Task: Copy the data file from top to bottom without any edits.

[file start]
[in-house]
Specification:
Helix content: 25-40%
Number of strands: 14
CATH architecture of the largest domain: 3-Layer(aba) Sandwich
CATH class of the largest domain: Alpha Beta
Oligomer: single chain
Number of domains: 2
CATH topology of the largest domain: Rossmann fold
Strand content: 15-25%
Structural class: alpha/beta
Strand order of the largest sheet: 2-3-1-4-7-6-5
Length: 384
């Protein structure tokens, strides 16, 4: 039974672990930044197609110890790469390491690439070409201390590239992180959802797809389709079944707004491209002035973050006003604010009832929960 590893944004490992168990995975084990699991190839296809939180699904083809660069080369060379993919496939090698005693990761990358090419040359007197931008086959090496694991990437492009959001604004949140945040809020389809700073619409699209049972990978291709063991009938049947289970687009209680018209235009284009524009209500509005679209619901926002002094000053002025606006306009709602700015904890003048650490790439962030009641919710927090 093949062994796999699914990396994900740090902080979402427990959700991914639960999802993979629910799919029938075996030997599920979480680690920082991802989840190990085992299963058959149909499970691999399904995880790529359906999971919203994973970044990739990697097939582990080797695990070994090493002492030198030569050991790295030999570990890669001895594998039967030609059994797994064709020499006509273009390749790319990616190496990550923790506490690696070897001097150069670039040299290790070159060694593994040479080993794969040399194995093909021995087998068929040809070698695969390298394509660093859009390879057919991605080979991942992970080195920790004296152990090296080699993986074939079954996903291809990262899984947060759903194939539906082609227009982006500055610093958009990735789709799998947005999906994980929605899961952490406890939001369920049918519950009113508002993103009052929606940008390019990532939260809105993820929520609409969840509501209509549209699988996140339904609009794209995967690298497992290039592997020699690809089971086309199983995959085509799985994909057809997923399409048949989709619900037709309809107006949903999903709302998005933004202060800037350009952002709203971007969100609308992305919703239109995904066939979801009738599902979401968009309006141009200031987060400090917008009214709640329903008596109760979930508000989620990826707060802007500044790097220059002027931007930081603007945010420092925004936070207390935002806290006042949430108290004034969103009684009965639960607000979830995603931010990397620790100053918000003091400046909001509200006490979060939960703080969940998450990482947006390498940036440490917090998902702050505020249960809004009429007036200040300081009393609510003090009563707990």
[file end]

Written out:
[in-house]
Specification:
Helix content: 25-40%
Number of strands: 14
CATH architecture of the largest domain: 3-Layer(aba) Sandwich
CATH class of the largest domain: Alpha Beta
Oligomer: single chain
Number of domains: 2
CATH topology of the largest domain: Rossmann fold
Strand content: 15-25%
Structural class: alpha/beta
Strand order of the largest sheet: 2-3-1-4-7-6-5
Length: 384
């Protein structure tokens, strides 16, 4: 039974672990930044197609110890790469390491690439070409201390590239992180959802797809389709079944707004491209002035973050006003604010009832929960 590893944004490992168990995975084990699991190839296809939180699904083809660069080369060379993919496939090698005693990761990358090419040359007197931008086959090496694991990437492009959001604004949140945040809020389809700073619409699209049972990978291709063991009938049947289970687009209680018209235009284009524009209500509005679209619901926002002094000053002025606006306009709602700015904890003048650490790439962030009641919710927090 093949062994796999699914990396994900740090902080979402427990959700991914639960999802993979629910799919029938075996030997599920979480680690920082991802989840190990085992299963058959149909499970691999399904995880790529359906999971919203994973970044990739990697097939582990080797695990070994090493002492030198030569050991790295030999570990890669001895594998039967030609059994797994064709020499006509273009390749790319990616190496990550923790506490690696070897001097150069670039040299290790070159060694593994040479080993794969040399194995093909021995087998068929040809070698695969390298394509660093859009390879057919991605080979991942992970080195920790004296152990090296080699993986074939079954996903291809990262899984947060759903194939539906082609227009982006500055610093958009990735789709799998947005999906994980929605899961952490406890939001369920049918519950009113508002993103009052929606940008390019990532939260809105993820929520609409969840509501209509549209699988996140339904609009794209995967690298497992290039592997020699690809089971086309199983995959085509799985994909057809997923399409048949989709619900037709309809107006949903999903709302998005933004202060800037350009952002709203971007969100609308992305919703239109995904066939979801009738599902979401968009309006141009200031987060400090917008009214709640329903008596109760979930508000989620990826707060802007500044790097220059002027931007930081603007945010420092925004936070207390935002806290006042949430108290004034969103009684009965639960607000979830995603931010990397620790100053918000003091400046909001509200006490979060939960703080969940998450990482947006390498940036440490917090998902702050505020249960809004009429007036200040300081009393609510003090009563707990």